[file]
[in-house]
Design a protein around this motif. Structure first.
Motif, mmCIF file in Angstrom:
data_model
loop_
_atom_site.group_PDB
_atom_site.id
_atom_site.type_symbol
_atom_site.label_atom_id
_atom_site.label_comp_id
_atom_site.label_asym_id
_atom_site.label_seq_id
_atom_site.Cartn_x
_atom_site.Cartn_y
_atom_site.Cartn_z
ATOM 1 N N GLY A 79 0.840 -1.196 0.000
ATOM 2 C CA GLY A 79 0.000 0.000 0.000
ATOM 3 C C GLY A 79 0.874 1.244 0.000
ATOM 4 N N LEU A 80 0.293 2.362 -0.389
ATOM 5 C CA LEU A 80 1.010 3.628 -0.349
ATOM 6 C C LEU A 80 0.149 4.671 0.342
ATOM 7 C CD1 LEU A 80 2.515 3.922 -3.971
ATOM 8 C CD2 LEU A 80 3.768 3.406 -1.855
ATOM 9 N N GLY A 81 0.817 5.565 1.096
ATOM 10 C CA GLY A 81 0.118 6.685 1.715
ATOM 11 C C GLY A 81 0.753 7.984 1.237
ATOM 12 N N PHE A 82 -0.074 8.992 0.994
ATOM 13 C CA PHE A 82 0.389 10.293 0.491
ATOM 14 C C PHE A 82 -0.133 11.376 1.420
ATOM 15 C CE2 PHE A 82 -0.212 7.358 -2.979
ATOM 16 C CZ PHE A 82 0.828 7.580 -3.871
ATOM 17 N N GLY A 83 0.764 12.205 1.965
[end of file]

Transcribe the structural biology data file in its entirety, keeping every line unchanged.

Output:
[in-house]
Design a protein around this motif. Structure first.
Motif, mmCIF file in Angstrom:
data_model
loop_
_atom_site.group_PDB
_atom_site.id
_atom_site.type_symbol
_atom_site.label_atom_id
_atom_site.label_comp_id
_atom_site.label_asym_id
_atom_site.label_seq_id
_atom_site.Cartn_x
_atom_site.Cartn_y
_atom_site.Cartn_z
ATOM 1 N N GLY A 79 0.840 -1.196 0.000
ATOM 2 C CA GLY A 79 0.000 0.000 0.000
ATOM 3 C C GLY A 79 0.874 1.244 0.000
ATOM 4 N N LEU A 80 0.293 2.362 -0.389
ATOM 5 C CA LEU A 80 1.010 3.628 -0.349
ATOM 6 C C LEU A 80 0.149 4.671 0.342
ATOM 7 C CD1 LEU A 80 2.515 3.922 -3.971
ATOM 8 C CD2 LEU A 80 3.768 3.406 -1.855
ATOM 9 N N GLY A 81 0.817 5.565 1.096
ATOM 10 C CA GLY A 81 0.118 6.685 1.715
ATOM 11 C C GLY A 81 0.753 7.984 1.237
ATOM 12 N N PHE A 82 -0.074 8.992 0.994
ATOM 13 C CA PHE A 82 0.389 10.293 0.491
ATOM 14 C C PHE A 82 -0.133 11.376 1.420
ATOM 15 C CE2 PHE A 82 -0.212 7.358 -2.979
ATOM 16 C CZ PHE A 82 0.828 7.580 -3.871
ATOM 17 N N GLY A 83 0.764 12.205 1.965